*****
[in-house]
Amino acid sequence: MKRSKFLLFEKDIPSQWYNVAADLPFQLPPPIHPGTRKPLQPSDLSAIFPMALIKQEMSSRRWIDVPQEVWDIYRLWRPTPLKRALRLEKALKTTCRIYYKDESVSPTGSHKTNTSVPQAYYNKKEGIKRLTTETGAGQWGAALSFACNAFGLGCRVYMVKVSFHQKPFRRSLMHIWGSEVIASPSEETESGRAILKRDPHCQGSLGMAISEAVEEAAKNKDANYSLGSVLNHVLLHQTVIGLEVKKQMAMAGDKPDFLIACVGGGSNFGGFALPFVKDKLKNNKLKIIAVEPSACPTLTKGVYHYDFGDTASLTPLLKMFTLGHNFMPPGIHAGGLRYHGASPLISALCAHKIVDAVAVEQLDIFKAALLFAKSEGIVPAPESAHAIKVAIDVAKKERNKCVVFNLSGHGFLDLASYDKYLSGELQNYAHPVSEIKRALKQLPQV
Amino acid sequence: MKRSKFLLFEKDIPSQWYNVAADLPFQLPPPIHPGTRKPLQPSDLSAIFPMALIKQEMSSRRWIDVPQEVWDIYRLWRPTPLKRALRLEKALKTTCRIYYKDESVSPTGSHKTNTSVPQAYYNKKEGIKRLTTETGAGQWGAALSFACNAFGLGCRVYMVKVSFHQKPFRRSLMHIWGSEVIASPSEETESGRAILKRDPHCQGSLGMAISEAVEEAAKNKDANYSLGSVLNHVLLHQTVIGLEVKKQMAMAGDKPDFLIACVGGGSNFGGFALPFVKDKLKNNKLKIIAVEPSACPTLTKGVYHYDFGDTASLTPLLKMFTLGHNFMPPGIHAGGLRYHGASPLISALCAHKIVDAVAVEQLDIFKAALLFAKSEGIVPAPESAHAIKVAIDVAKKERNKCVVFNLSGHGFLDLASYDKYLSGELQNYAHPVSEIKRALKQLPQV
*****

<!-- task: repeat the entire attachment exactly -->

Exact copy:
[in-house]
Amino acid sequence: MKRSKFLLFEKDIPSQWYNVAADLPFQLPPPIHPGTRKPLQPSDLSAIFPMALIKQEMSSRRWIDVPQEVWDIYRLWRPTPLKRALRLEKALKTTCRIYYKDESVSPTGSHKTNTSVPQAYYNKKEGIKRLTTETGAGQWGAALSFACNAFGLGCRVYMVKVSFHQKPFRRSLMHIWGSEVIASPSEETESGRAILKRDPHCQGSLGMAISEAVEEAAKNKDANYSLGSVLNHVLLHQTVIGLEVKKQMAMAGDKPDFLIACVGGGSNFGGFALPFVKDKLKNNKLKIIAVEPSACPTLTKGVYHYDFGDTASLTPLLKMFTLGHNFMPPGIHAGGLRYHGASPLISALCAHKIVDAVAVEQLDIFKAALLFAKSEGIVPAPESAHAIKVAIDVAKKERNKCVVFNLSGHGFLDLASYDKYLSGELQNYAHPVSEIKRALKQLPQV
Amino acid sequence: MKRSKFLLFEKDIPSQWYNVAADLPFQLPPPIHPGTRKPLQPSDLSAIFPMALIKQEMSSRRWIDVPQEVWDIYRLWRPTPLKRALRLEKALKTTCRIYYKDESVSPTGSHKTNTSVPQAYYNKKEGIKRLTTETGAGQWGAALSFACNAFGLGCRVYMVKVSFHQKPFRRSLMHIWGSEVIASPSEETESGRAILKRDPHCQGSLGMAISEAVEEAAKNKDANYSLGSVLNHVLLHQTVIGLEVKKQMAMAGDKPDFLIACVGGGSNFGGFALPFVKDKLKNNKLKIIAVEPSACPTLTKGVYHYDFGDTASLTPLLKMFTLGHNFMPPGIHAGGLRYHGASPLISALCAHKIVDAVAVEQLDIFKAALLFAKSEGIVPAPESAHAIKVAIDVAKKERNKCVVFNLSGHGFLDLASYDKYLSGELQNYAHPVSEIKRALKQLPQV